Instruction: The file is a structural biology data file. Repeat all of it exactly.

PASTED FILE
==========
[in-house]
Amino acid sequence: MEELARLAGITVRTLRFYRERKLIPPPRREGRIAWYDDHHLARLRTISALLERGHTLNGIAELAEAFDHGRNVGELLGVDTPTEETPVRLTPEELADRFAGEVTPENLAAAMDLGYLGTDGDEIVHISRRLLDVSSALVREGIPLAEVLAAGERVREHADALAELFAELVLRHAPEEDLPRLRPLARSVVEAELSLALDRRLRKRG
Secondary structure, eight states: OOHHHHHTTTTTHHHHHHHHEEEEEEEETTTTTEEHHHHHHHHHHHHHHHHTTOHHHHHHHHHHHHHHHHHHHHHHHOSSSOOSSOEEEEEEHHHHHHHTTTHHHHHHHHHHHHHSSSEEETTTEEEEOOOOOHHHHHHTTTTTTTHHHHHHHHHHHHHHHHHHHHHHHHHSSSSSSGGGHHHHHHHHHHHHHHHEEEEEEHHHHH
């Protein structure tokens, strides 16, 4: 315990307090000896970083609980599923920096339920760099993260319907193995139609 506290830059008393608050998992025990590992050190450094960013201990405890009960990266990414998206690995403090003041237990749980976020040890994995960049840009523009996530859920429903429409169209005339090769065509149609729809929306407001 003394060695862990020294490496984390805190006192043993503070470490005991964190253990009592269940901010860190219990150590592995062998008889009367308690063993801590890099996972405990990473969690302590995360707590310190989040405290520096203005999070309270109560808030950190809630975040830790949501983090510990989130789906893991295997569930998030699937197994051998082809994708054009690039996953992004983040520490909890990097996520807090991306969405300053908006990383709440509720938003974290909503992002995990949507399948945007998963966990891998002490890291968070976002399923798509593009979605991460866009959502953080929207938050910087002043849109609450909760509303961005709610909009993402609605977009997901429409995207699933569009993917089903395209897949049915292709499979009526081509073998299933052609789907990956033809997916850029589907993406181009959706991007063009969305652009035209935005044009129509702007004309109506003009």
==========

[in-house]
Amino acid sequence: MEELARLAGITVRTLRFYRERKLIPPPRREGRIAWYDDHHLARLRTISALLERGHTLNGIAELAEAFDHGRNVGELLGVDTPTEETPVRLTPEELADRFAGEVTPENLAAAMDLGYLGTDGDEIVHISRRLLDVSSALVREGIPLAEVLAAGERVREHADALAELFAELVLRHAPEEDLPRLRPLARSVVEAELSLALDRRLRKRG
Secondary structure, eight states: OOHHHHHTTTTTHHHHHHHHEEEEEEEETTTTTEEHHHHHHHHHHHHHHHHTTOHHHHHHHHHHHHHHHHHHHHHHHOSSSOOSSOEEEEEEHHHHHHHTTTHHHHHHHHHHHHHSSSEEETTTEEEEOOOOOHHHHHHTTTTTTTHHHHHHHHHHHHHHHHHHHHHHHHHSSSSSSGGGHHHHHHHHHHHHHHHEEEEEEHHHHH
């Protein structure tokens, strides 16, 4: 315990307090000896970083609980599923920096339920760099993260319907193995139609 506290830059008393608050998992025990590992050190450094960013201990405890009960990266990414998206690995403090003041237990749980976020040890994995960049840009523009996530859920429903429409169209005339090769065509149609729809929306407001 003394060695862990020294490496984390805190006192043993503070470490005991964190253990009592269940901010860190219990150590592995062998008889009367308690063993801590890099996972405990990473969690302590995360707590310190989040405290520096203005999070309270109560808030950190809630975040830790949501983090510990989130789906893991295997569930998030699937197994051998082809994708054009690039996953992004983040520490909890990097996520807090991306969405300053908006990383709440509720938003974290909503992002995990949507399948945007998963966990891998002490890291968070976002399923798509593009979605991460866009959502953080929207938050910087002043849109609450909760509303961005709610909009993402609605977009997901429409995207699933569009993917089903395209897949049915292709499979009526081509073998299933052609789907990956033809997916850029589907993406181009959706991007063009969305652009035209935005044009129509702007004309109506003009």